Indianapolis it is. Fly fast and burn more gas or fly slow and save some in case we need it for something else? There is weather in Indiana as well. Fly slow. "Folks, I know I told you it will be 40 mins until we land but it's going to be an hour."

Luckily for us, no one has landed in Indianapolis yet and we're first in line for fuel - but our crews have gone home for the night and Airtran is there to help. "How do you turn the light on in your baggage bin? Where does the aircart connect to the airplane? How many people does this palne seat?"

And I'm arranging for fuel and paperwork to release us to Milwaukee and the crying baby and the people that have connections and there is a cancelled flight next door so can we put more people on your plane and wow - it really is getting hot back there. What happened to the aircart?

Lets spin an engine to cool things off. Oh, we can't spin an engine. They are bringing more bags over now because of the cancelled flight and the cargo door is near the engine so it can't be spun until we load the bags.

"How do you turn that cargo door light on again?" They ask.

I tell the passengers the story, again. I ask them if they want to join me in the jetway, it is much cooler and it shouldn't be too much longer. A man is off to see his daughter give birth. She is in the hospital waiting for him. I tell him my last name is Stork and draw up the obvious connections. He laughs. So do others. Buys me some time.

The puzzle is coming together now. We've got the fuel and the paperwork and the extra bags and people now. Lets go to Milwaukee. The weather is still there and there is no good way to go around it... Time to pick our way through some storms.

Ind - Mke

The amazing thing about thunderstorms at night is that the moisture in the air carries the light from the lightning for miles after a strike. Even though we're not in any thunderstorms, with each strike the cockpit lights up so bright you're blinded for a moment. "I've asked our flight attendants to remain seated for their safety."

Air traffic controllers are talking to us but we've got this cell we're trying to fly around and we'll have to get back to you. And dispatch sends a message, "Ha! I did such a great job filling you around the weather and you decided to go right up the middle of it!"

No choice... the line has some breaks in it. And it does... aside from a great light show and few sizable bumps, we make it to Milwaukee to drop off a few, pick up a few and head to Minneapolis for the night.

What makes or breaks a night like this is the crew your assigned to. As the Captain, I have to be able to trust my team will do their jobs and allow me to delegate where need be. The great crews are the ones who know what needs to be done without hesitation and do so with a positive attitude. My crew easily handled all of our issues and even though we were tired and hungry - did so without hesitation and with a smile. This kept our passengers happy but more importantly - me happy!

Nana, Ms. Pac-Man and the One Armed Bandit

Nana in Virginia City While in Lake Tahoe, we took a trip to Virginia City where the ladies in the group were happy to find MORE slot machines. I followed my Nana waiting for it "to hit."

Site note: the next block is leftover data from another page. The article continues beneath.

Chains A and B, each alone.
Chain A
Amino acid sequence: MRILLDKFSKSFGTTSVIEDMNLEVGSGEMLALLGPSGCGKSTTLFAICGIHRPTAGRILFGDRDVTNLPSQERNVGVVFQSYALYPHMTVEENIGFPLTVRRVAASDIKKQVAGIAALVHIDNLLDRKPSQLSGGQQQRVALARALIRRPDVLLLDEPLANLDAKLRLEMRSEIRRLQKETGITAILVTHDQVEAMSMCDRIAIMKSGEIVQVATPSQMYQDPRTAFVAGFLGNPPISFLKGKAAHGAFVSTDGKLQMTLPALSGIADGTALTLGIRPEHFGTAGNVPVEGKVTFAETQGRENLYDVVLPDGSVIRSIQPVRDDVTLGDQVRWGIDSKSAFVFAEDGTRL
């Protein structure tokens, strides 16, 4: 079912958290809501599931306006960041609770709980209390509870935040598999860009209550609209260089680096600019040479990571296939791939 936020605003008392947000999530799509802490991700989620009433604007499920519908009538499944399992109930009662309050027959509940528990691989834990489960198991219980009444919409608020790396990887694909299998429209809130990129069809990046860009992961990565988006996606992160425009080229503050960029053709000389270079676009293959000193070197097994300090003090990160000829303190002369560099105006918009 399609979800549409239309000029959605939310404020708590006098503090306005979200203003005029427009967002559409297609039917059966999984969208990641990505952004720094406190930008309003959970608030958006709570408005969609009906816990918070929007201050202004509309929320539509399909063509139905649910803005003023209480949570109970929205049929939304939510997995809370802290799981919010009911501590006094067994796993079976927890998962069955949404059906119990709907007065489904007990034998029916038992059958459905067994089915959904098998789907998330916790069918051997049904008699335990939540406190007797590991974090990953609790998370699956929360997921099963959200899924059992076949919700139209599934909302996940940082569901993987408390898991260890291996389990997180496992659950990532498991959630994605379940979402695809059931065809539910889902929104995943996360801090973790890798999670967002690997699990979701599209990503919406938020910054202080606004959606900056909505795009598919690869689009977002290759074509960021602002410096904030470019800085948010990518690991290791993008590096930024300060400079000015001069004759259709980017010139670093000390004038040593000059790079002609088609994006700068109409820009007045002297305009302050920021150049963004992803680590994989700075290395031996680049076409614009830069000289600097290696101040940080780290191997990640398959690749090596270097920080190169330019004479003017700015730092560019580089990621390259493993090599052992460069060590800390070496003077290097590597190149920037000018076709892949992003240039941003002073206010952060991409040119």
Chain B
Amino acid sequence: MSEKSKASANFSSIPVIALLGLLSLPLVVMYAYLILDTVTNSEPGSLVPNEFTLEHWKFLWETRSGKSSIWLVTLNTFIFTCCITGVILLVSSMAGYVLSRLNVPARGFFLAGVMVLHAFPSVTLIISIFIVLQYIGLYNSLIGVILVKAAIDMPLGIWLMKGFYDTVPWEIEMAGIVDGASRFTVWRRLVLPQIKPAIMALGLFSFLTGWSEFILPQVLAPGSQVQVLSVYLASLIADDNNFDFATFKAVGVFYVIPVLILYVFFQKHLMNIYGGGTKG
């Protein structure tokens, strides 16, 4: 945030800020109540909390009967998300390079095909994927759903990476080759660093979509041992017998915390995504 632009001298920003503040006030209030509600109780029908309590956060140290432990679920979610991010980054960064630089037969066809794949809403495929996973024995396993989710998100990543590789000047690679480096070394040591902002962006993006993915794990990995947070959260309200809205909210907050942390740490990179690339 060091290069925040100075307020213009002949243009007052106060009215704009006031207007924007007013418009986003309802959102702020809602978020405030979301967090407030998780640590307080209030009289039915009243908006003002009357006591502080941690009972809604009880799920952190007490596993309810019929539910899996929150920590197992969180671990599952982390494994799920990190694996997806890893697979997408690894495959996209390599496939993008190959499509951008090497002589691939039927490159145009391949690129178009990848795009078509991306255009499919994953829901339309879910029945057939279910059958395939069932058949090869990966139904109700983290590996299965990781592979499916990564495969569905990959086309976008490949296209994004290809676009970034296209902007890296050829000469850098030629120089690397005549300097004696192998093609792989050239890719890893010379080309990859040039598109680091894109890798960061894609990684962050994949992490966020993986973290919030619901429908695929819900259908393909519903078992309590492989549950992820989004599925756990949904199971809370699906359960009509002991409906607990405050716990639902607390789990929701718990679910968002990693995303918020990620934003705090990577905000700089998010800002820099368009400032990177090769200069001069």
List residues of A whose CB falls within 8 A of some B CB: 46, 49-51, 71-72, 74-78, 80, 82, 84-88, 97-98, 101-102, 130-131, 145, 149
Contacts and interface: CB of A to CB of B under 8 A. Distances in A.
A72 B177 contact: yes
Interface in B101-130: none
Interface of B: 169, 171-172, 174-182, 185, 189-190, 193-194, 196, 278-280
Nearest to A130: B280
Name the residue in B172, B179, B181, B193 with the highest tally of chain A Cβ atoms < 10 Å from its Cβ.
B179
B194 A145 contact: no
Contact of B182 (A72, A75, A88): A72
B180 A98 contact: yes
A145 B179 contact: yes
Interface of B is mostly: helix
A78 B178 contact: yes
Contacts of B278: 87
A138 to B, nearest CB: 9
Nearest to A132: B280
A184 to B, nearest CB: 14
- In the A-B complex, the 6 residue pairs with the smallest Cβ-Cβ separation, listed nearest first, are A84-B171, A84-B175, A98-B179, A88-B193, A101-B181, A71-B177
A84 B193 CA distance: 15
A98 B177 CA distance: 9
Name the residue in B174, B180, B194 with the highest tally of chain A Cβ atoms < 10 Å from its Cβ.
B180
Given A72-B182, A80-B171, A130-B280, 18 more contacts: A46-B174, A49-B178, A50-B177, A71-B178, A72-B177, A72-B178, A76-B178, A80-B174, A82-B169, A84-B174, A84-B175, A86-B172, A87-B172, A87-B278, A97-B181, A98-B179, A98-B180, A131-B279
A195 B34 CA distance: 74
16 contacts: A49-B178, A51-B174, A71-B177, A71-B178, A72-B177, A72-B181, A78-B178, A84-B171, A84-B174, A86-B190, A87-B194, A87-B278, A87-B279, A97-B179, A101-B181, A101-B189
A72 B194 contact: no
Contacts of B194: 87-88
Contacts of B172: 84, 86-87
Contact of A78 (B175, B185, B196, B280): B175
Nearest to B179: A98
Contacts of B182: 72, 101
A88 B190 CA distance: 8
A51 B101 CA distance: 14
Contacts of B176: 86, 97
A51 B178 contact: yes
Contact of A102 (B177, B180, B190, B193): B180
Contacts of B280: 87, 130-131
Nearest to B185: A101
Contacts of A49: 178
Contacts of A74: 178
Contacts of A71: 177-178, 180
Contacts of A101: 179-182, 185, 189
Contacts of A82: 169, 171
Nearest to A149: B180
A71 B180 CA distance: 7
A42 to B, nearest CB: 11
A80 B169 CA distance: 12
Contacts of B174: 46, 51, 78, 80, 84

"No Christopher, this one is about to hit." She'd say.

Back at one of the casinos in Tahoe, while the others were gambling upstairs, I spent an hour and a few dollars in the gameroom trying to break the high score on Ms. Pac-Man. While there were many kids down there with me, none shared in my excitement as I came within a few thousand of EEE's score. Soon after I gave up on the record I got served by a little kid on Dance Dance Revolution. I thought I was a better dancer after a few beers?

Bike Parkinglot

bike parkinglot

Originally uploaded by stork123

Headlights and mudflaps and trunks oh my. We've spent days riding around town. When peddling with groceries in hand it's a challenge to decide which hand to keep free. One is good for the brake - the other - the ringer! Do I let people know I'm about to hit em since I can't brake or brake and aviod hitting them? Quite the dilemma,

Dutch appliances puzzle us

So after a few weeks I think we've finally figured out how to use the appliances on the houseboat. We downloaded a few manuals, asked around a bit but ultimately it was trial and error that came through. The clothes do finally come out smelling clean but still incredibly wet and while we still haven't figured out the dryer, this may be the reason it takes a few cycles to dry. As you can see, most of the numbers seem to correspond with times but it's the sequence in which you push buttons that hasn't come easy. Most of the panel buttons give you an 'ERR' if pushed at the wrong time. And two "start" buttons? For a few tries, I thought CENTRIFUGEN was a spin cycle, but - still wet.

Since Snelfoto signs hang near 1 hour photo booths, Snelwas naturally means quick wash. Granted - all this would be easy with Babelfish (yes - from HGTTG), but I prefer to speculate while on vacation. I've been on a digital diet.

 

And look at the DRYER!.  Dryer

There is a display that isn't photo'd that gives a series of icons to correspond with the letters. A few shaded water drops versus a few unshaded water drops? Several shaded suns rather than a few unshaded ones? And you don't have the option for a bit of both.

"I'd like three dark water drops next to a solid white sun?"

We've come up with "A" a few times seems to do the trick.

Interesting feature - you have to drain the water pan every couple of cycles. Rather than spit the water out into drainage - it collects in a pan under the machine. Pure spent water from a days activities!

And it does spin

Originally uploaded by stork123

This windmill is down the road from the houseboat. It's spins in the evening and is on the tourmap for travelers. There is a bar below the windmill and next to it is a eetcafe that we stop by most everynight for a drink before heading home. With our bikes locked up a few feet away and guidebooks safely stashed in our bag, we mock tourists who get off the bus for the "windmill photo." I've taken at least twenty. What's been nice about this landmark is it's pretty easy to see while bike riding to help point us in the direction of home. Also on the "hey we live near that" list is the Artis. If we can find the artis, we can find home. But, since we've been peddling around for the past few days, we've become damn near carrier pigeons when it comes to our directional sense. The first week we took public transit (which is exceptional) since it was a bit rainy but the last week the weather has been great and everywhere we go is via bike.